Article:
French thriller tells the story of Maureen (Kristen Stewart) who is a personal shopper for bitchy celebrity Kyra (Nora von Waldstätten) …and a paranormal medium. She’s also in Paris to try to make contact with the spirit of her twin brother, who recently died in his home there. On top of all that, she is receiving ominous texts from an unknown source who seems to be stalking her. Still with me?
Despite not knowing what it wants to be about, the film is well directed by Olivier Assayas from his own script. It manages to provide some very spooky moments when dealing with the paranormal issues and some taunt suspense when dealing with the ominous texts Maureen keeps receiving from the unknown sender. The personal shopper drama is also well done though the least interesting part of the film. Assayas also gets good work out of Kristen Stewart whose disassociated style of acting works perfectly for the emotionally troubled Maureen. A few of the supernatural moments come close to tipping over into silly and the author of the mysterious texts wasn’t hard to figure out, but somehow despite, the multiple narrative, Personal Shopper does remain intriguing and sometimes very effective. Worth a look for something a bit offbeat.
Drama of a young man coming of age in a suburban Texas town during the 80s is a well written and acted story focusing on teen Ritchie Wheeler (Shiloh Fernandez) who’s coping with becoming a man while his parents divorce and his world changes around him. High school is over and it’s time to decide what he wants to do with his life, but Ritchie would be perfectly happy to continuing working at the Skateland roller rink and hanging out with his friends. But times are changing and life has no intention of standing still, even if Ritchie wants it to. Along with him are best friend Brent Burkham (Heath Freeman) and Brent’s beautiful sister Michelle (Ashley Greene), whom Ritchie has feelings for he’s also not ready to deal with.
The movie smartly tackles the melodramatics and clichés usually associated with these type of flicks in a way that makes them feel fresh and keeps them quite effective. We’ve seen certain story elements before, but director Anthony Burns turns them back from clichés into life experiences we can all identify with, by weaving them into the story and not presenting them as set pieces as many films like this do. The film really captures that moment in time between the end of high school and the beginning of the rest of your life, the one you wish could last forever, but life moves you forward whether you like it or not, as Ritchie finds out.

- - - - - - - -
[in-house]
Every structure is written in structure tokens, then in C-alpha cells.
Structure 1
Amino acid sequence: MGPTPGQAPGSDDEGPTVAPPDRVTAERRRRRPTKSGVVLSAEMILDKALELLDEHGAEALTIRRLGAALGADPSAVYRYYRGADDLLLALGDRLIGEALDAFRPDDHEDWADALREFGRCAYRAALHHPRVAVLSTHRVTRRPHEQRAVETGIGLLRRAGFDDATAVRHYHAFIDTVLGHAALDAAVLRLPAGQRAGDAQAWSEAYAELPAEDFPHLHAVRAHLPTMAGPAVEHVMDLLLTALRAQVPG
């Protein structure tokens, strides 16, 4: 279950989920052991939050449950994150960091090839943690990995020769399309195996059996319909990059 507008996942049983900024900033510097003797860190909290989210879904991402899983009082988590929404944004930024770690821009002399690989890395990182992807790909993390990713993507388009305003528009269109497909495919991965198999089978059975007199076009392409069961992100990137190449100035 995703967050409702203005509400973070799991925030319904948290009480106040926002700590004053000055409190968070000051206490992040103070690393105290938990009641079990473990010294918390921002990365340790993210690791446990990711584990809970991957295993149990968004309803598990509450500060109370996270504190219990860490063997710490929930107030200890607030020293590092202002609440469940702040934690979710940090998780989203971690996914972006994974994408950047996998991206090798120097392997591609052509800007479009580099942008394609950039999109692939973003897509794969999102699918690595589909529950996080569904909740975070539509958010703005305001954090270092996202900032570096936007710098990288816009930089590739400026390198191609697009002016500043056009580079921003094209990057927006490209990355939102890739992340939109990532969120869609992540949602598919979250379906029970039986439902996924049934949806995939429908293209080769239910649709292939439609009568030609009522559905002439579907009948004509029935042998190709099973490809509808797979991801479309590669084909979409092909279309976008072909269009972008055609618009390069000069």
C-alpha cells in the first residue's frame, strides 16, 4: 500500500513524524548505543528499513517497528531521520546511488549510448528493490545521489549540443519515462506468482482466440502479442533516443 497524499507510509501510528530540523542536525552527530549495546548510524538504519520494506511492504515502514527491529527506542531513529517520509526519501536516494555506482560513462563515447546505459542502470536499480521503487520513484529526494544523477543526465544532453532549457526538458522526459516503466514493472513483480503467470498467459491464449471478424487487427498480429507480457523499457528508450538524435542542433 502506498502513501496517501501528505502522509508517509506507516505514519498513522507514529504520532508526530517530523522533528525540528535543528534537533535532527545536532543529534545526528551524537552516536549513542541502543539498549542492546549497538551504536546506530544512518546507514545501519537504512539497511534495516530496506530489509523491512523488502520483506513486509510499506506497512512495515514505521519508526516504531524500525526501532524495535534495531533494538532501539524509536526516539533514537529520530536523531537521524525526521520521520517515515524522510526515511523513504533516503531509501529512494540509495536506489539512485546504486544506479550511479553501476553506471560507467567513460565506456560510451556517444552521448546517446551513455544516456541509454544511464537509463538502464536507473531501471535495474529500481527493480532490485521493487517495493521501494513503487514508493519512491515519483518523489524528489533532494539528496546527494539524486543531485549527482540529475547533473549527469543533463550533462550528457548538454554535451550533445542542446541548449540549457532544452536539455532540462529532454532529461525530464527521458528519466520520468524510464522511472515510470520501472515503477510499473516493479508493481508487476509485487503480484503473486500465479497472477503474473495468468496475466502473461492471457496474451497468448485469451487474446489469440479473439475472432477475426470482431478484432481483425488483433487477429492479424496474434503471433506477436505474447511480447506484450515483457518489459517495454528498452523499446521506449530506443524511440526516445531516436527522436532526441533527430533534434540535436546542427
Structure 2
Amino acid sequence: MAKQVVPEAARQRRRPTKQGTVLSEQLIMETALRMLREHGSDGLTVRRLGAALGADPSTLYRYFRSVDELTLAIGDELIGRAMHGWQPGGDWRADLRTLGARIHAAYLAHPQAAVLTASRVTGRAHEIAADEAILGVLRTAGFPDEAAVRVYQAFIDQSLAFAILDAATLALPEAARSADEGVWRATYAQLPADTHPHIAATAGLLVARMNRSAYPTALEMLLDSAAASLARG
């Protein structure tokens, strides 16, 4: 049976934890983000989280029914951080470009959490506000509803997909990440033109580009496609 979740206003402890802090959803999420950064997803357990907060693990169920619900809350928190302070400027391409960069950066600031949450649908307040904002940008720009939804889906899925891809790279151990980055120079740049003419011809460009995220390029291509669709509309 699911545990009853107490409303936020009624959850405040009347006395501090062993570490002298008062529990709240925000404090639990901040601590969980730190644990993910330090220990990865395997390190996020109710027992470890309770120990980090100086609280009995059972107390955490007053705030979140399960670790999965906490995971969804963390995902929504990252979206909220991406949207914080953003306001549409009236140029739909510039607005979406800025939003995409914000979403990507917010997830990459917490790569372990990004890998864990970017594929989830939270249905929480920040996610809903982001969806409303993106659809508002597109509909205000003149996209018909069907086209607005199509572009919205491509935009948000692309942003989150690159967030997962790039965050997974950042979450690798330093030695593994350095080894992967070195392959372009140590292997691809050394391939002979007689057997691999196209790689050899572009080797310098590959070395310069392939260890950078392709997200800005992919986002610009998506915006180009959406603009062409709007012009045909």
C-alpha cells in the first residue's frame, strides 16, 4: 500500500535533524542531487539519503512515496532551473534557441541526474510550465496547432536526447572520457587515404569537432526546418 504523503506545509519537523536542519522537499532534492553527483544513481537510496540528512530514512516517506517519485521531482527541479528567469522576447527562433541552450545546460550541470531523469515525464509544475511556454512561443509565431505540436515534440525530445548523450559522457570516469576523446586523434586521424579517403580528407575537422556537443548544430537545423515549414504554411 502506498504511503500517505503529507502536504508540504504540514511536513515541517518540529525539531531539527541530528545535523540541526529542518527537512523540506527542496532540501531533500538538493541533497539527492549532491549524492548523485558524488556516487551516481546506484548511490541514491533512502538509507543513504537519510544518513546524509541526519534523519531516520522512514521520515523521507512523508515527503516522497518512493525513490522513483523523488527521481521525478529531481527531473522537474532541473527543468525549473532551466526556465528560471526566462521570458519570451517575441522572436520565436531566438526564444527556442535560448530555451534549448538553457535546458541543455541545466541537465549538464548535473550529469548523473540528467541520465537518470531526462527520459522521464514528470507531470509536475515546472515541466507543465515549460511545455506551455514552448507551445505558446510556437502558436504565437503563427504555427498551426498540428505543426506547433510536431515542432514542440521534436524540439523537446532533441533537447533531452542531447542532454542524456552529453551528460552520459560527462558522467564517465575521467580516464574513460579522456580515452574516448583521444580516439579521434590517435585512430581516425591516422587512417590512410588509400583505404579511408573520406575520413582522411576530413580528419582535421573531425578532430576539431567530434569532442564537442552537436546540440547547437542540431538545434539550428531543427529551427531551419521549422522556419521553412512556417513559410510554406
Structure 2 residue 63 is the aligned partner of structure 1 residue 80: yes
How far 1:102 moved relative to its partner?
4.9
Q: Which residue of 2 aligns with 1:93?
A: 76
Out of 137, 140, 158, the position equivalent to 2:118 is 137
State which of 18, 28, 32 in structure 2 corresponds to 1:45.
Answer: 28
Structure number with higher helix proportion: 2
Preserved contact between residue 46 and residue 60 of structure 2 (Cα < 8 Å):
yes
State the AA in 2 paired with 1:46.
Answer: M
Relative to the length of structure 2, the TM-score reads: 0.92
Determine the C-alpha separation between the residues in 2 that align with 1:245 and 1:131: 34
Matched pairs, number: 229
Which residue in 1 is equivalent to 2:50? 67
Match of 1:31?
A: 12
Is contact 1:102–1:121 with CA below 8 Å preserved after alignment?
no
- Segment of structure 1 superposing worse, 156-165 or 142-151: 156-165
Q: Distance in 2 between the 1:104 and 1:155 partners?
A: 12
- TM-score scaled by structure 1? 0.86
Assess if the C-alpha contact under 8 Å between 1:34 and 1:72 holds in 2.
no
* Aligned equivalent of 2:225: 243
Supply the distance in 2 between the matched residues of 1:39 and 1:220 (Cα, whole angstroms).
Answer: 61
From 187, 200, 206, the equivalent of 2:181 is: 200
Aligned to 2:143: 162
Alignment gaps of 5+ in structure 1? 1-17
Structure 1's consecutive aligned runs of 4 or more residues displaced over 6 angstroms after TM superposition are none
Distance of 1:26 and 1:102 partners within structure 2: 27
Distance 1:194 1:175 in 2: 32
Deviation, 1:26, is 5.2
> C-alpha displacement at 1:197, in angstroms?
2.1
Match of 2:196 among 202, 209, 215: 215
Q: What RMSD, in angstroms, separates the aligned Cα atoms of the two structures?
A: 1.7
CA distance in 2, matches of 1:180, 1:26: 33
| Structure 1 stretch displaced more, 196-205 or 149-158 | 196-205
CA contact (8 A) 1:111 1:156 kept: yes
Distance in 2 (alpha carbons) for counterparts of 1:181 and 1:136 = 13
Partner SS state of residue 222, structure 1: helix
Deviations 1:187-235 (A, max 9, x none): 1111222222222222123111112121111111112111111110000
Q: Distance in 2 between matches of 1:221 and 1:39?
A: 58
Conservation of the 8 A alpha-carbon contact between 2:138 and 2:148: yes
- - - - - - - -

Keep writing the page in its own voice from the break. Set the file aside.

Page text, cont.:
And as Ritchie, lead Fernandez shows some really nice acting chops here and that he has a lot of potential with a subtle but emotion filled performance. Leading lady Ashley Greene shows far more range than her supporting part in the Twilight films allows and proves with a good script and director, she is more than just a pretty face. Heath Freeman is also a hoot as the rambunctious Brent, who dreams of being a famous dirt-bike racer and has to face that this dream may not come true. And Haley Ramm is impressive as Ritchie’s younger sister, Mary a headstrong and very mature teen trying to help keep her already fractured family from falling any further apart. The dynamic between Ritchie and little sister Mary is one of my favorite parts of the movie. Ramm and Fernandez are gold in their scenes together. The supporting cast of relative unknowns also give strong performances that help give the story it’s weight and sense of realism and come across as people and not characters.